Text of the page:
Stop Blaming Humans

Is it "human error" or bad design when all of Google search is disabled by a single misplaced slash? Human error is what Google has called it.

Link: "This site may harm your computer" on every search result?!?! (Official Google Blog). The comment at the end of the post that they will put in more file checks does indirectly acknowledge that the problem is not just with the user (edit to clarify: I don't mean Google's end-user; I mean the person that edited that blacklist file, who is the user of the internal Google/StopBadware system).

More context: Google Glitch Briefly Disrupts World's Search (NY Times Lede blog).

Some earlier rambling I did about human error: Blaming "Human Error".

Recommended reading from a more sociological (and negative) perspective: User Error by Ellen Rose (publisher's page with more info).

2 thoughts on “Stop Blaming Humans

  1. There are situations where your response would be insightful, but this isn’t one of them. This WAS human error. And the fact that ‘/’ expands to mean all sites isn’t bad design. It’s very useful. But every design choice is like a gun, and with every gun, you can find a way to aim it so that you get yourself in the foot. So what? It’s life. Everyone who has a talent for it learned something interesting today. No doubt their software process now tests to make sure this situation won’t happen again. But if it DOES, that will also be human error, of a different kind.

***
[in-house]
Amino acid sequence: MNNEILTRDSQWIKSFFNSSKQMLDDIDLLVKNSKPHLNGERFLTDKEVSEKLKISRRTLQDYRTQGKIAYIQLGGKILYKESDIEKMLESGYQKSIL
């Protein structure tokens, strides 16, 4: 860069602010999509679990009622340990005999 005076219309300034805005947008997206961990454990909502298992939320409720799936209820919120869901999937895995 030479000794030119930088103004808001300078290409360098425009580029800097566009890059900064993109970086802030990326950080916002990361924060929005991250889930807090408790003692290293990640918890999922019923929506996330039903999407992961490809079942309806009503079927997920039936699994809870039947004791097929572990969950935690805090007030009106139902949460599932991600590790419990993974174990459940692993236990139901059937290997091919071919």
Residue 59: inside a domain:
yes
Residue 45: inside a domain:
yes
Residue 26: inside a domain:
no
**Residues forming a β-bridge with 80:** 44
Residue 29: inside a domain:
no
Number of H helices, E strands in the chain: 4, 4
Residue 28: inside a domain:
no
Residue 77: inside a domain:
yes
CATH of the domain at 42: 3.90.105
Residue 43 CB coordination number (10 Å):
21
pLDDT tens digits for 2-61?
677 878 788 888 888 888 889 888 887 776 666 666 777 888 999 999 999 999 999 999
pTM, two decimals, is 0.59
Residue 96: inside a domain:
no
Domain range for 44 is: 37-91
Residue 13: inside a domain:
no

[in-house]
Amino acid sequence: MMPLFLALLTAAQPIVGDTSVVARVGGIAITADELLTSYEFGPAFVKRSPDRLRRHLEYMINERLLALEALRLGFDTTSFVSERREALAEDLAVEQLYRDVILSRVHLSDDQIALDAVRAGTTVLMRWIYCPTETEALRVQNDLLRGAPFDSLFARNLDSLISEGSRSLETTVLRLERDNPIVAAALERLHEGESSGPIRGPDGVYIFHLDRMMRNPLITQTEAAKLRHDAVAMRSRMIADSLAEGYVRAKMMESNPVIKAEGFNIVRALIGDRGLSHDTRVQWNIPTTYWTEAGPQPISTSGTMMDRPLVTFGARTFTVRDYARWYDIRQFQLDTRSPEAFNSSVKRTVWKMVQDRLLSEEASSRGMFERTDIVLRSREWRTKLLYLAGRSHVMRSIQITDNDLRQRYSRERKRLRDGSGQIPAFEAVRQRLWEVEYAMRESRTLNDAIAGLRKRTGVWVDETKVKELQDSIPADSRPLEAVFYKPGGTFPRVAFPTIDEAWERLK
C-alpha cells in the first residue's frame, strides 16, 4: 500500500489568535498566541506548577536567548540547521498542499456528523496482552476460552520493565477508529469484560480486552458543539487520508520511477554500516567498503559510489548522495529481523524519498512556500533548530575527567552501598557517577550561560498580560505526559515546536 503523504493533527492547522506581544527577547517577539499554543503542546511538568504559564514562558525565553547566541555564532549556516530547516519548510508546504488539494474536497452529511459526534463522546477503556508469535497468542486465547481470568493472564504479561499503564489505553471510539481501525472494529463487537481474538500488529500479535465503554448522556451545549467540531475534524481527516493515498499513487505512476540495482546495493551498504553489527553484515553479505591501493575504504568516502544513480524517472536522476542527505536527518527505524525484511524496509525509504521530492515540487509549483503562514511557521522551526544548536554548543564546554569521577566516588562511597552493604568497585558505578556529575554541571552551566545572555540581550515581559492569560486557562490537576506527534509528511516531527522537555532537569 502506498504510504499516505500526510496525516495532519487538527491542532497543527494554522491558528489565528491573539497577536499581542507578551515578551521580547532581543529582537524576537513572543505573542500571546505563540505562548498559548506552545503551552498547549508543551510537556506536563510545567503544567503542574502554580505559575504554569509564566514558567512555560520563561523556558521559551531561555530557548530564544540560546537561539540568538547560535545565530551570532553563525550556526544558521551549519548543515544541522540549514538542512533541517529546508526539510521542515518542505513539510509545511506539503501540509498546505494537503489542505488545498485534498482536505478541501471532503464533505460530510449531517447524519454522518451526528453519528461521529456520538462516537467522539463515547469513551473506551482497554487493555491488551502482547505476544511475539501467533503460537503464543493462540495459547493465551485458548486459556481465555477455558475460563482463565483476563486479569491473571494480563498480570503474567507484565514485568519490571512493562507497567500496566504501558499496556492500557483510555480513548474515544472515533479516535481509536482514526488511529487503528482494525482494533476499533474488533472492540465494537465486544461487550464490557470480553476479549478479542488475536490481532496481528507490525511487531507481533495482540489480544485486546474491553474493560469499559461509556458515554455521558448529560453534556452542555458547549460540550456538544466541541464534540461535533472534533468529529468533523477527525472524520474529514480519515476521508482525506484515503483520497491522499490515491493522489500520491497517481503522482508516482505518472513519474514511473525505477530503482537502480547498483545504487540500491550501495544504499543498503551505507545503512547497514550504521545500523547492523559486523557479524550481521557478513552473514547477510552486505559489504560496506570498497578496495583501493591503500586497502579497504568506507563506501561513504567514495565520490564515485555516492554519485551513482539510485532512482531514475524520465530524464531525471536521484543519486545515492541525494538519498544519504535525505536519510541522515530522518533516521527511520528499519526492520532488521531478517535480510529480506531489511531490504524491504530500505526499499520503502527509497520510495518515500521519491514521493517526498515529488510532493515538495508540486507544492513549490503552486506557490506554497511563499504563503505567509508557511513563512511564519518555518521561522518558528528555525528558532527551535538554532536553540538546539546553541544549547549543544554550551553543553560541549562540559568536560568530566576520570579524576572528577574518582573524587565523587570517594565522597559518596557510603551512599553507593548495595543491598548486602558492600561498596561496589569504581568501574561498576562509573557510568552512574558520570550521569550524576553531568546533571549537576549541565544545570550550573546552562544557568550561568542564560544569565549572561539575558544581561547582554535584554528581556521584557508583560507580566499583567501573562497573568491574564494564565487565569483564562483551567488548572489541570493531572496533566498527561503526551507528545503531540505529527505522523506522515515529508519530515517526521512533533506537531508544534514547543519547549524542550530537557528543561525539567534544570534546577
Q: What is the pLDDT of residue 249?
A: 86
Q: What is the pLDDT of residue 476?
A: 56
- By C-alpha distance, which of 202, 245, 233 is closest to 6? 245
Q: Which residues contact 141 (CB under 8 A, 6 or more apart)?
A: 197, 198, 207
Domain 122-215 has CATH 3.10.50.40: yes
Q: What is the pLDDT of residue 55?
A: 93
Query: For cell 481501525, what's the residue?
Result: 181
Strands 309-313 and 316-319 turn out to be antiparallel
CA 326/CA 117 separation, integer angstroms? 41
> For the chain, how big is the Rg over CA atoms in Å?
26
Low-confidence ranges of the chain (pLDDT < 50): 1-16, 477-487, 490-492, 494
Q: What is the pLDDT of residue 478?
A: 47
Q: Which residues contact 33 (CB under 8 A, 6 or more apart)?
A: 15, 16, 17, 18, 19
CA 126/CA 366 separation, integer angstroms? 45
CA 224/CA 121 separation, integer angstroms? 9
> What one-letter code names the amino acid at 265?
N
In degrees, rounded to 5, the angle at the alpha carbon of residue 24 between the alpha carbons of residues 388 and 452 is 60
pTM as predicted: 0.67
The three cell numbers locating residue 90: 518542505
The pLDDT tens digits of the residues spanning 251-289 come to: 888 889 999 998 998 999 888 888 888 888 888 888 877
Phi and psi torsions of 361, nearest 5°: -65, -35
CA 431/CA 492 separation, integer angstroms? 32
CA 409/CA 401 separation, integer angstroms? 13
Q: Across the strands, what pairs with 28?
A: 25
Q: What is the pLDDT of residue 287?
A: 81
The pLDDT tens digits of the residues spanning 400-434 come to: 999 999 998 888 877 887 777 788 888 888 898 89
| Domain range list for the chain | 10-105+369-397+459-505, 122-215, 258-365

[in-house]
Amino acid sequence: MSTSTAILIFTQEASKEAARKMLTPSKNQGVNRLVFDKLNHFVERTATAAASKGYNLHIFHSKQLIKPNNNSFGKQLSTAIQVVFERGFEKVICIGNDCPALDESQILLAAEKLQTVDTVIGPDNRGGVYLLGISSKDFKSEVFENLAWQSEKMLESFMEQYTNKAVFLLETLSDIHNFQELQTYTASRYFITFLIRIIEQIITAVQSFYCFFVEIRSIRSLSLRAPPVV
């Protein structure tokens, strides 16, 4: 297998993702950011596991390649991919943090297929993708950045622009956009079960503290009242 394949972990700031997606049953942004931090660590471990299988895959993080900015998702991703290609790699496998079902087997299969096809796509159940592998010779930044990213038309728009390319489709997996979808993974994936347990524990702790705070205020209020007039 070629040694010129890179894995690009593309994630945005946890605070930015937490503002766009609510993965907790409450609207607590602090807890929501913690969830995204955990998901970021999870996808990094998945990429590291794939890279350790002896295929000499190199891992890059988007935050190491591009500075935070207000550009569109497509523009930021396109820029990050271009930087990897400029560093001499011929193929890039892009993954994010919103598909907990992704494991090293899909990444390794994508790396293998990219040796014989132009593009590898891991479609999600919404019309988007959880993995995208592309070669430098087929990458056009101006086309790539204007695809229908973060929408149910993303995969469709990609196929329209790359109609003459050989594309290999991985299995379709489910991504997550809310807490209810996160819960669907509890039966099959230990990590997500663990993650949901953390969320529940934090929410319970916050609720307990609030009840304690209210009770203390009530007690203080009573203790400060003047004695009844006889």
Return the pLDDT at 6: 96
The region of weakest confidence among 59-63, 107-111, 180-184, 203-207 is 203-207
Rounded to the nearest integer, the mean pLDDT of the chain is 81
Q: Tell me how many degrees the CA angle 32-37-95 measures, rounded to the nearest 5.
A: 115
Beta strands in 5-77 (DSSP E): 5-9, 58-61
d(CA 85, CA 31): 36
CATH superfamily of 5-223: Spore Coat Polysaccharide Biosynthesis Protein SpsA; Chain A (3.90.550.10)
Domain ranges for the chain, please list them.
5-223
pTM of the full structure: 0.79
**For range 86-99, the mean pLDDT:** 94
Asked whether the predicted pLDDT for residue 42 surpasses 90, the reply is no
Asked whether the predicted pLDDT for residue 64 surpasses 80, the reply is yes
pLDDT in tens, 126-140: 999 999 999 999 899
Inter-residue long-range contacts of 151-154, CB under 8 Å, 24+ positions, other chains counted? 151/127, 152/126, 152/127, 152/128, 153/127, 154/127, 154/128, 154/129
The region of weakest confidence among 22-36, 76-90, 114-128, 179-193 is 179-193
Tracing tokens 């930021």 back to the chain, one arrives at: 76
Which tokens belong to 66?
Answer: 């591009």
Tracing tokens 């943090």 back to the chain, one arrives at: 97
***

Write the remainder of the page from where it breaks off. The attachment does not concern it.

(And they didn’t indirectly acknowledge that the problem wasn’t with the user. The entire blog post was about how it the problem wasn’t with the user.)

  2. Ron, thanks for the comment, but I disagree with you. 🙂

    I’m not doubting their story that a person made a technical mistake that caused the error. I’m saying that it’s not solely that person’s fault even if they did make a mistake. A better design could have made this event less likely. Designers and developers need to expect people to make mistakes. While they can’t anticipate every error that will happen, they can design to minimize the damage and make errors easy to recover from. These are basic principles underlying good usability and user-centered design, in my opinion.

    Of course in practice things are never perfect and problems happen. I’m not trying to lay blame on specific designers/developers in this instance either. I’m just saying that calling something “human error” is a cop-out.

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